Florida Seaports Natural Gas Workshop
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Florida Seaports Natural Gas Workshop. April 10, 2014. Rob Vickers CDM Smith Tallahassee, FL. The Fundamentals of Natural Gas in Transportation. Presentation Overview. Introduction to Natural Gas in Transportation Sector Economic Considerations Florida-Specific Findings

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Florida seaports natural gas workshop

Florida Seaports Natural Gas Workshop

April 10, 2014

Rob Vickers

CDM Smith

Tallahassee, FL

The Fundamentals of Natural Gas in Transportation


Presentation overview

Presentation Overview

Introduction to Natural Gas in Transportation Sector

Economic Considerations

Florida-Specific Findings

Other Modes: Rail and Seaports

Intermodal Opportunities

Florida Seaports Natural Gas Workshop


Natural gas basics

Natural Gas Basics

Compressed Natural Gas (CNG) - Natural gas under pressure (compressed to pressures above 3,000 pounds per square inch) which remains clear, odorless, and non-corrosive

Liquefied Natural Gas (LNG) - Produced when natural gas is cooled to minus 260 degrees Fahrenheit through a process known as liquefaction

Sold in units of diesel or gasoline gallon equivalents (DGEs or GGEs) based on the energy content of a gallon of gasoline or diesel fuel

More than 15 million natural gas vehicles in service

Navigant Research projects 35 million in service by 2020

Florida Seaports Natural Gas Workshop


Benefits of natural gas

Benefits of Natural Gas

Energy Security – 97% of the natural gas used in the U.S. is produced in North America

Lower Emissions- 20-30% fewer greenhouse gas emissions and significantly reduced tailpipe emissions compared to petroleum

Reduced Maintenance Costs – Cleaner burning, quieter, longer engine life

Comparable Performance – Similar to conventionally fueled vehicles in terms of power, acceleration and cruising speed

Fuel Costs– Savings of 40% - 50% compared to gas/diesel

Florida Seaports Natural Gas Workshop


Natural gas vehicles

Natural Gas Vehicles

  • The number of OEM vehicles is growing

  • CNG vehicles are cost-effective for high-mileage, centrally-fueled fleets that operate within a limited area

  • The greater fuel capacity of LNG vehicles means they are often the preferred option for long distance travel

  • Most popular heavy-duty applications:

    • Transit/School Buses

    • Refuse Trucks

    • Shuttle Buses

    • Tractor Trailers

    • Step Vans

Florida Seaports Natural Gas Workshop


Total annual lng cng heavy duty truck sales north america 2013 2022

Total Annual LNG/CNG Heavy Duty Truck SalesNorth America 2013-2022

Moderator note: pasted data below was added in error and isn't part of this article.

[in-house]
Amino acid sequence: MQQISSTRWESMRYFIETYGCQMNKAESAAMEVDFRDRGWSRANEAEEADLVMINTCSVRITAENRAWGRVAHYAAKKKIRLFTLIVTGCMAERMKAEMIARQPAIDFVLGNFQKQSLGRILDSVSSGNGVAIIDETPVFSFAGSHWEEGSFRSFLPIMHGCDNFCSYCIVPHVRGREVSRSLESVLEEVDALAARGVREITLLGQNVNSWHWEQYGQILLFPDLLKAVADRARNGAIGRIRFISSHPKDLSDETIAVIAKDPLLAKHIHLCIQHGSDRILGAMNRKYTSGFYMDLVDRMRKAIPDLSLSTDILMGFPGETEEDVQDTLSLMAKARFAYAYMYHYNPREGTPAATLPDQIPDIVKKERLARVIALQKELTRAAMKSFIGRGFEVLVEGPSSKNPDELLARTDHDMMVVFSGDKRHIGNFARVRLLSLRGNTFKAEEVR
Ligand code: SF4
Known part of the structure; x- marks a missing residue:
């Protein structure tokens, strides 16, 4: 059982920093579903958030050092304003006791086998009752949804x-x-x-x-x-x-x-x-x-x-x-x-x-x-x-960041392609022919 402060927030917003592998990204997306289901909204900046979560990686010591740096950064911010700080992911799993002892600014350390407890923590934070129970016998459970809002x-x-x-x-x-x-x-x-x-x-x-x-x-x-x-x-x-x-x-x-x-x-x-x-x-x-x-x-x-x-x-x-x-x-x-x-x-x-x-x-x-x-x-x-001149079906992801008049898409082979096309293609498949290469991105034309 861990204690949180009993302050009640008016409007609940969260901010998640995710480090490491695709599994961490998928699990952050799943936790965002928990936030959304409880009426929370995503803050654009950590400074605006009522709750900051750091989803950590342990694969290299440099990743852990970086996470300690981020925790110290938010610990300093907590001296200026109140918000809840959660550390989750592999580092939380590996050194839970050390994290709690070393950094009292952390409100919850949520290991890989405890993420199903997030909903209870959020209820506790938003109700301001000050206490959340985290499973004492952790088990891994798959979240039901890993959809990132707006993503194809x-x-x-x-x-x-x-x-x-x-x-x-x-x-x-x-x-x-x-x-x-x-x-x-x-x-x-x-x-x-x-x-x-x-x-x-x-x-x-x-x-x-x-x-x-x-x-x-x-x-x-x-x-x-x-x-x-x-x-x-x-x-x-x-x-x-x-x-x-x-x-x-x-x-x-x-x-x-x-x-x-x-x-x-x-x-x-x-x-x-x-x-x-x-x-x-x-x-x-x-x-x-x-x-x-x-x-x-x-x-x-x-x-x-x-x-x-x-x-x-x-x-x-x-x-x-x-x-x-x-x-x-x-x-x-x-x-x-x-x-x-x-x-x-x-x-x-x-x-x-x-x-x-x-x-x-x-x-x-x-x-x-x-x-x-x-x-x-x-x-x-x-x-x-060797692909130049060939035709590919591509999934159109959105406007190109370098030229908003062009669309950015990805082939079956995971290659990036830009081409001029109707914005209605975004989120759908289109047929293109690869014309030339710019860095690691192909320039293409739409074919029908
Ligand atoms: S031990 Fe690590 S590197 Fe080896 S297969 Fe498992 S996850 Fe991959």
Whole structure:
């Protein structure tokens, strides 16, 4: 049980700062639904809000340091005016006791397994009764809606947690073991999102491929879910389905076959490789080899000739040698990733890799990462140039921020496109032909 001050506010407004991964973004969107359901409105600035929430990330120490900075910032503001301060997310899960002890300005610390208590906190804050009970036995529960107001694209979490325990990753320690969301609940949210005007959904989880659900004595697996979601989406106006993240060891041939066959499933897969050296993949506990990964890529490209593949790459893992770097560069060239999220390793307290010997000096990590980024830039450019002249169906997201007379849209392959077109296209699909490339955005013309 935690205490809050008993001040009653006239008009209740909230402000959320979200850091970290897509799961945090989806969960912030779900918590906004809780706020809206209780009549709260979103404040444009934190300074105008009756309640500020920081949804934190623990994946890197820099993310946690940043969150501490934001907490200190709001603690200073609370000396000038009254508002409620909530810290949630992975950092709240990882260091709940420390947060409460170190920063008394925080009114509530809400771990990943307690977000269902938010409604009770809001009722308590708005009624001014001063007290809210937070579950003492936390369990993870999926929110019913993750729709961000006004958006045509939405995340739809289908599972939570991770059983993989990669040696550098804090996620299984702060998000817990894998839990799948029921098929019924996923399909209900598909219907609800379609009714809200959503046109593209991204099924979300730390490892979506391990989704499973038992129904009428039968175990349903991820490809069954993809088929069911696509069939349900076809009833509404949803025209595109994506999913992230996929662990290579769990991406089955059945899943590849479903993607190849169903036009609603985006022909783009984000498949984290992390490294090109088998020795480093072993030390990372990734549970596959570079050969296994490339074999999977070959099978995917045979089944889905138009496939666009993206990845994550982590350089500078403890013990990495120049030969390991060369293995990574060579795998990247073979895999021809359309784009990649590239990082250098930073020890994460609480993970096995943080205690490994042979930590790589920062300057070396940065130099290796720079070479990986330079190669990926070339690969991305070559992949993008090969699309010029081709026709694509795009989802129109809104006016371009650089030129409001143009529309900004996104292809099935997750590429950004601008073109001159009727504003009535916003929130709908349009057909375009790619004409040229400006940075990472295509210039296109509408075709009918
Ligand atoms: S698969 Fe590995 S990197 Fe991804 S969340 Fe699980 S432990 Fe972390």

Florida Seaports Natural Gas Workshop


Natural gas fueling infrastructure

Natural Gas Fueling Infrastructure

  • DOE reports 160,000 gasoline fueling stations nationwide

  • In comparison - 1,069 CNG and 146 LNG fueling stations nationwide (2012)

  • CNG Stations: Fast-Fill vs. Time-Fill

    • Fast-Fill stations are ideal for retail situations serving light- and medium duty vehicles

    • Time-Fill stations are typically used by heavy-duty fleet operators who fuel at a central facility overnight

  • LNG Stations dispense a liquid fuel and are structurally similar to gasoline and diesel stations

  • Natural gas fueling facilities vary considerably based on size, capacity, and the type of fuel dispensed

Florida Seaports Natural Gas Workshop


July 2013 average fuel prices on energy equivalent basis

July 2013 Average Fuel Prices on Energy Equivalent Basis

Florida Seaports Natural Gas Workshop


Costs of natural gas vehicles infrastructure

Costs of Natural Gas Vehicles/Infrastructure

Initial NGV investments are significant…

Representative heavy-duty CNG truck costs $63,600 more than diesel equivalent prior to incentives (2011 DOE Report)

CNG conversion cost for new light-duty vehicles generally ranges between $12,000 and $18,000

CNG fueling facility cost range from $10,000 to $2 million depending on the size and application

LNG fueling site can range from $1 to $4 million

The good news on costs…

Incentives are available to help off-set initial vehicle costs

Station builders/operators provide turn-key facilities

Florida Seaports Natural Gas Workshop


Natural gas vehicles stations in florida

Natural Gas Vehicles/Stations in Florida

  • In 2011 DOE reported there were fewer that 3,000 NGVs in operation in Florida

  • Examples of businesses and agencies converting to NGV: